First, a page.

Better for Girls, Women & Youth, Better for All
The communities involved in this program feel they are better off as they reach expressed goals of empowerment and food security. Girls, women and rural youth say they feel greater hope for the future.
Girls. Families that cannot afford to educate all their children generally give preference to boys. Too many girls have been forced to drop out at 10 or 12 after completing primary school because their parents cannot afford uniforms, books and other supplies. Many soon become pregnant or are married off by their parents to ease the financial burden of supporting them. Neither the parents nor the girls are happy with these outcomes, but poverty often leaves no other choice. Distribution of school supplies and other support for girls helps many stay in school at least through junior year, during a time when they are most vulnerable to pregnancy and early marriage.
Women. Violence against women has sharply decreased since consciousness-raising instruction given to both men and women has spread through the program area. There are national laws against gender-based violence, yet historical, social and cultural practices make it possible in homes, workplaces, schools and even places of worship. Enforcement and awareness are often lacking, especially in remote rural communities, whereas in cities and large towns these services are provided by government departments, ministries and non-governmental organizations. The police have come to the villages and talked to the people about these laws, and chiefs and community elders are leading the way in this effort to change common practice.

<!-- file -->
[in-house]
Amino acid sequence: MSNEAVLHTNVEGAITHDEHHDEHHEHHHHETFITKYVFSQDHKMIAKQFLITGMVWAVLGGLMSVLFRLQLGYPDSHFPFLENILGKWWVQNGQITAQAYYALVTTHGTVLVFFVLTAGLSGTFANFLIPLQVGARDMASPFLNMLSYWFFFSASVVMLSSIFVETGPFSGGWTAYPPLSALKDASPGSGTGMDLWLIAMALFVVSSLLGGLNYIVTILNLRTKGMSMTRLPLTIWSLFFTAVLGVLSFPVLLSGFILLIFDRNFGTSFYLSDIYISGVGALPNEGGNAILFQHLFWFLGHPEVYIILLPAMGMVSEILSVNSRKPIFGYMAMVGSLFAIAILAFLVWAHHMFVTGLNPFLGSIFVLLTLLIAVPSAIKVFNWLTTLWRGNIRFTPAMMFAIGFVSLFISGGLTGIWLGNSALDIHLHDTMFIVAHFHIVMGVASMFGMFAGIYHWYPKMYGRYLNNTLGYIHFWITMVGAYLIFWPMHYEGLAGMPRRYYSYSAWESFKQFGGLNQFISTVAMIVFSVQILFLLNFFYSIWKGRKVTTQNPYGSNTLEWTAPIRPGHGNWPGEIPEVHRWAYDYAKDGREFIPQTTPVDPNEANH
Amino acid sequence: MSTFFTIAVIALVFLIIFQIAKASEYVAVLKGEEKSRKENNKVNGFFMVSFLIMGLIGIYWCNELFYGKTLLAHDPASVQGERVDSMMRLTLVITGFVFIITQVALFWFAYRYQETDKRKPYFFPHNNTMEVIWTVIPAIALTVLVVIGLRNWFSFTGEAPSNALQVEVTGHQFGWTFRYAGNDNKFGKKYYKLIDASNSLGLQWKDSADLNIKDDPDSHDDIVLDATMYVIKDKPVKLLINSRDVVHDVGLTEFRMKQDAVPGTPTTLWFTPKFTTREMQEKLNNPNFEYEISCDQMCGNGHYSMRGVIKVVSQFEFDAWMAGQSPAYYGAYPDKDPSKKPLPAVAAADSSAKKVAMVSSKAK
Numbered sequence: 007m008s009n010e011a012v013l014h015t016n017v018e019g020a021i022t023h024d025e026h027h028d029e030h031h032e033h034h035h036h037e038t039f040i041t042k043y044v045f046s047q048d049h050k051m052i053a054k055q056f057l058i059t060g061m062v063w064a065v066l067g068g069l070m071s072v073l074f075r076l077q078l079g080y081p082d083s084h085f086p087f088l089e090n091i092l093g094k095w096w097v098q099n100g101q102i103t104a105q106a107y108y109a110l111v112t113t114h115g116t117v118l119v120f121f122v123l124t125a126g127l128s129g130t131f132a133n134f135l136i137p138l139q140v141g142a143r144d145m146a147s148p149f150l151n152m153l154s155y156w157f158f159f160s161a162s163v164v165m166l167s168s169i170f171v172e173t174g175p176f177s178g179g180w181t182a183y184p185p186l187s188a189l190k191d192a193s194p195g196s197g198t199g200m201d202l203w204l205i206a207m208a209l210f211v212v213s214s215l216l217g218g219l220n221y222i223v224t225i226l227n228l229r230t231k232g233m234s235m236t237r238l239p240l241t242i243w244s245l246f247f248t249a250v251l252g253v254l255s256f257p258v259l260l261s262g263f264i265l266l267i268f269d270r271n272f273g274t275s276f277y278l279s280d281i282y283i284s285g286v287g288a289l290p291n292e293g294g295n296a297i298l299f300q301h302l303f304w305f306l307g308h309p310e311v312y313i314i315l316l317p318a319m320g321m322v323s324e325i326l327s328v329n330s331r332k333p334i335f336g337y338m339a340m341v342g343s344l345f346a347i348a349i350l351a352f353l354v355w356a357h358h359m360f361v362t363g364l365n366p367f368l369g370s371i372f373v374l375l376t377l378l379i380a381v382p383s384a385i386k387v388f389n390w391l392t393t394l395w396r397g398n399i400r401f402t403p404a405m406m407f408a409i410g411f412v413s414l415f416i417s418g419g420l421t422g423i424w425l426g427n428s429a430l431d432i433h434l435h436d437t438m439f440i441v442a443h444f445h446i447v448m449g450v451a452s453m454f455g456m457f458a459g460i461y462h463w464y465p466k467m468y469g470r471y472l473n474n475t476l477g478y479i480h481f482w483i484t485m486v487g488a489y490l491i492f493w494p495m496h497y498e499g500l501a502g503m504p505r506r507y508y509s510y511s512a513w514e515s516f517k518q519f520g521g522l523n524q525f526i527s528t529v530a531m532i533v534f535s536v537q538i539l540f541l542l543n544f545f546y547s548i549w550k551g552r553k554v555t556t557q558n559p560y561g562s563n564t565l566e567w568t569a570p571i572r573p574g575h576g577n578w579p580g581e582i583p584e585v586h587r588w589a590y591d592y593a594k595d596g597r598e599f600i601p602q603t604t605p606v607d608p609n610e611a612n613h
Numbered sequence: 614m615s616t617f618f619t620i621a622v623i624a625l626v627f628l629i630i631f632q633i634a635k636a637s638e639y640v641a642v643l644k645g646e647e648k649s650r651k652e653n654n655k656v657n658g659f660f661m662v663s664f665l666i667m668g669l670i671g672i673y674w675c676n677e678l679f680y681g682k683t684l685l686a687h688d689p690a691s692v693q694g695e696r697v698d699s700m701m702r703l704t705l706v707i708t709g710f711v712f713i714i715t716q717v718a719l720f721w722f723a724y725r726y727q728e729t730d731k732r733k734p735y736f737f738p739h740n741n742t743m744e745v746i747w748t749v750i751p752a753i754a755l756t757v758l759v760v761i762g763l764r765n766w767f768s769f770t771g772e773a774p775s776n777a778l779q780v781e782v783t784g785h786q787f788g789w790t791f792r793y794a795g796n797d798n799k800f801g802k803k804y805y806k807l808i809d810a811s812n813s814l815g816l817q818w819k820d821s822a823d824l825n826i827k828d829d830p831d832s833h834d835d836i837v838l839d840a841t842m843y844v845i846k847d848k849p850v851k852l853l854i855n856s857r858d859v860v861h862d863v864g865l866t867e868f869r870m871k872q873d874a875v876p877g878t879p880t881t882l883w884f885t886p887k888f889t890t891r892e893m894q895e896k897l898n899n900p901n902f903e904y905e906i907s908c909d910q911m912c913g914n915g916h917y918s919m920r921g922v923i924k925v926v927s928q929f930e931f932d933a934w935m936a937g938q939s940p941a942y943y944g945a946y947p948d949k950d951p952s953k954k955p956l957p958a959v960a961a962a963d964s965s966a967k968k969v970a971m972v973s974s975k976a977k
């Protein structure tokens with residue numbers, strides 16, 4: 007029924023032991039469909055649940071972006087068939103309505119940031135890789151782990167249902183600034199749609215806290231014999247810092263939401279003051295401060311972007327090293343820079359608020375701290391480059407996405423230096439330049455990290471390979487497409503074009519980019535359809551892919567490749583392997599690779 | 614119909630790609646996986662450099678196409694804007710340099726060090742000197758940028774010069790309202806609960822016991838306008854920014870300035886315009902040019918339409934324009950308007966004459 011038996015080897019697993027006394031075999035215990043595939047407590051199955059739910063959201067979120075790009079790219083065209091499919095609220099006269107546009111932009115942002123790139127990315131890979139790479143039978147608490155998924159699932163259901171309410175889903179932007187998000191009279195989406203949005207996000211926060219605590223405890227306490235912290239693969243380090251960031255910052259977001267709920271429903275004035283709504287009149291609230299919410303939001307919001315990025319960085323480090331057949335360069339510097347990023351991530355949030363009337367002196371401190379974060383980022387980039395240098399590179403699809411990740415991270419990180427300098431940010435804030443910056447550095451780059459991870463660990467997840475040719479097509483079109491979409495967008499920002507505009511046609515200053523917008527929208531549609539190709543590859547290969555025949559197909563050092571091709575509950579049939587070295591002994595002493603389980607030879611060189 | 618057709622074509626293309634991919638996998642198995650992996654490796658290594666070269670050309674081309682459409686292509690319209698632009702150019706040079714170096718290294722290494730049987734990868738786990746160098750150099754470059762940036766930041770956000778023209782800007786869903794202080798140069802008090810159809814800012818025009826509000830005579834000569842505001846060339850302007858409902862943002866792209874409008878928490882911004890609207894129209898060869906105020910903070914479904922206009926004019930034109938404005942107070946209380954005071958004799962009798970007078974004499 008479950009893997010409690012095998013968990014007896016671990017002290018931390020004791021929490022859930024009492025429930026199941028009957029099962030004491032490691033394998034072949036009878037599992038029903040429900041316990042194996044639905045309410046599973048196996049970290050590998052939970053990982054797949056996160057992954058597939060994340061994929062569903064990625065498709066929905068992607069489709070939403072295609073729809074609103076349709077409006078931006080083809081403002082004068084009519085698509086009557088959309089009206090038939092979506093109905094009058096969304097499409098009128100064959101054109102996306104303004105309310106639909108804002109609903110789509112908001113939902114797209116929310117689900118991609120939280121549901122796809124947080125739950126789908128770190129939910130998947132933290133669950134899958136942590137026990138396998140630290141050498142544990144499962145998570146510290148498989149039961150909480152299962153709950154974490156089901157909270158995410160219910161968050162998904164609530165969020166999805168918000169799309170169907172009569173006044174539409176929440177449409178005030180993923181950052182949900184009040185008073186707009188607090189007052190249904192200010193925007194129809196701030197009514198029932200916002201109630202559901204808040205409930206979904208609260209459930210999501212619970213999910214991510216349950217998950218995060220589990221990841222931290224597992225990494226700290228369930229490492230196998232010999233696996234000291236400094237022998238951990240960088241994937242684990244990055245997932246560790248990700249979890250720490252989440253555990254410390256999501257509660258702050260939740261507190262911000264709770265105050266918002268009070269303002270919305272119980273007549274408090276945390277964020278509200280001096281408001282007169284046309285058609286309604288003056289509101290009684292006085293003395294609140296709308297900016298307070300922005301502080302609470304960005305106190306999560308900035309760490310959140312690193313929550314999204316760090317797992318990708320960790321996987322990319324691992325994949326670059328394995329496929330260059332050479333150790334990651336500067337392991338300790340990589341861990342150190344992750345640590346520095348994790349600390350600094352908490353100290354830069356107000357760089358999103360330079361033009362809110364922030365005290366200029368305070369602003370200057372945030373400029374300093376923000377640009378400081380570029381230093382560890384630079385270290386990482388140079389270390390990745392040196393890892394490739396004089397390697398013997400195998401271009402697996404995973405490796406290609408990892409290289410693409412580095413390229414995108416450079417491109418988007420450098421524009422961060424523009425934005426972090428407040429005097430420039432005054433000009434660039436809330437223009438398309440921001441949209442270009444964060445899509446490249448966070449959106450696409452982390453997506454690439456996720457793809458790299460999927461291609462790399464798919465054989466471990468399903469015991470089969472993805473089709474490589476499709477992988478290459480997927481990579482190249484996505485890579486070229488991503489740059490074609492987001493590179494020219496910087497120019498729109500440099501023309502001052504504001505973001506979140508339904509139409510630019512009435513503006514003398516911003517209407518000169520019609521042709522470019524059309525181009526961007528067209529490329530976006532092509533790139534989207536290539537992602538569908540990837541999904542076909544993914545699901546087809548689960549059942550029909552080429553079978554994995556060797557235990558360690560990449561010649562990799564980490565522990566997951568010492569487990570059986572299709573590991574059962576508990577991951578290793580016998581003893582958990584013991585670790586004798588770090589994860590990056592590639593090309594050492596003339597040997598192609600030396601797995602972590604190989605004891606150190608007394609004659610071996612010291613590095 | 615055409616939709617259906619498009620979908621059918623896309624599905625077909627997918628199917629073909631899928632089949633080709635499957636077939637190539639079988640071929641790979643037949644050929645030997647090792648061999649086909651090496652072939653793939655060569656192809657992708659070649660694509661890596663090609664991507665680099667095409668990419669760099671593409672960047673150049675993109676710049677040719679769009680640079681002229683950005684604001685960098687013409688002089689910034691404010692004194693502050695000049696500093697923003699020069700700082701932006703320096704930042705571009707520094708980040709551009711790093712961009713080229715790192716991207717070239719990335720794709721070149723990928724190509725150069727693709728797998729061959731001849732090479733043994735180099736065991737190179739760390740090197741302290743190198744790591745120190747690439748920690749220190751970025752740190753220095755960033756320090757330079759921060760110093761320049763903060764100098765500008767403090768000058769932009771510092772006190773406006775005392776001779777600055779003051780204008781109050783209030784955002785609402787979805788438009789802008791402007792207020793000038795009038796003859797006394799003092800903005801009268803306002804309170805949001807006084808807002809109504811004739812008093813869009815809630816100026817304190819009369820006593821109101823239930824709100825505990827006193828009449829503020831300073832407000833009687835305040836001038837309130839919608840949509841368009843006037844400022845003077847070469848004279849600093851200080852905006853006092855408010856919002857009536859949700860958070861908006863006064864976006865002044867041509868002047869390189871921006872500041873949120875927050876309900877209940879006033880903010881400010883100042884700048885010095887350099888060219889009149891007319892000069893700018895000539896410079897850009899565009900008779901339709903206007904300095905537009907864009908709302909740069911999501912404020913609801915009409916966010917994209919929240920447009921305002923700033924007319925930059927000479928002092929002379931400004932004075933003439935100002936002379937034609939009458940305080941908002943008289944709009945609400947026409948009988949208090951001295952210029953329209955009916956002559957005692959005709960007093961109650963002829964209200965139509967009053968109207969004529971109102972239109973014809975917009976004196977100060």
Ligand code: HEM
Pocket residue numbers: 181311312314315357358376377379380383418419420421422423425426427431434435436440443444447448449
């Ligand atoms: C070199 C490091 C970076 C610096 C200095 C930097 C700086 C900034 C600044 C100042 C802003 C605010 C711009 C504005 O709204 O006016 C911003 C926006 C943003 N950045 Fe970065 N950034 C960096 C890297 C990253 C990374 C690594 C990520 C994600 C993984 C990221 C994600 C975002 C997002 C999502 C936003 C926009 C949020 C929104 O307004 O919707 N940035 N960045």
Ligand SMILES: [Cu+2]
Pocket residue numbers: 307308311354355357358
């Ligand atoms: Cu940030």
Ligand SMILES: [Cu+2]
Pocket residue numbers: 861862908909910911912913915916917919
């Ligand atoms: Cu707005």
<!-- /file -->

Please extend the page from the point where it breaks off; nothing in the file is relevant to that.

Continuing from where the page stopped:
Youth. The Youth Agriculture Project is giving young people a way to earn a living in their villages rather than having to migrate to the big cities to look for work. The area planted and the food produced and stored by the youth is a contribution to overall community food security. Youth Agriculture Project group members are planning to increase the area they have under cultivation in 2023, planting some of the grain kept in the improved storage structures within the villages. Young people have seen that there is potential for them to address a vital community need while advancing their own livelihoods in terms of incomes. Group members, their families and leaders now believe they are empowered to improve their food security through their own actions.
Sierra Leone Liberia Youth Program
Led by Presbyterian Church (U.S.A.) and Local Partner Agricultural Missions, West Africa Initiative of Liberia, Village to Village Federation (Sierra Leone)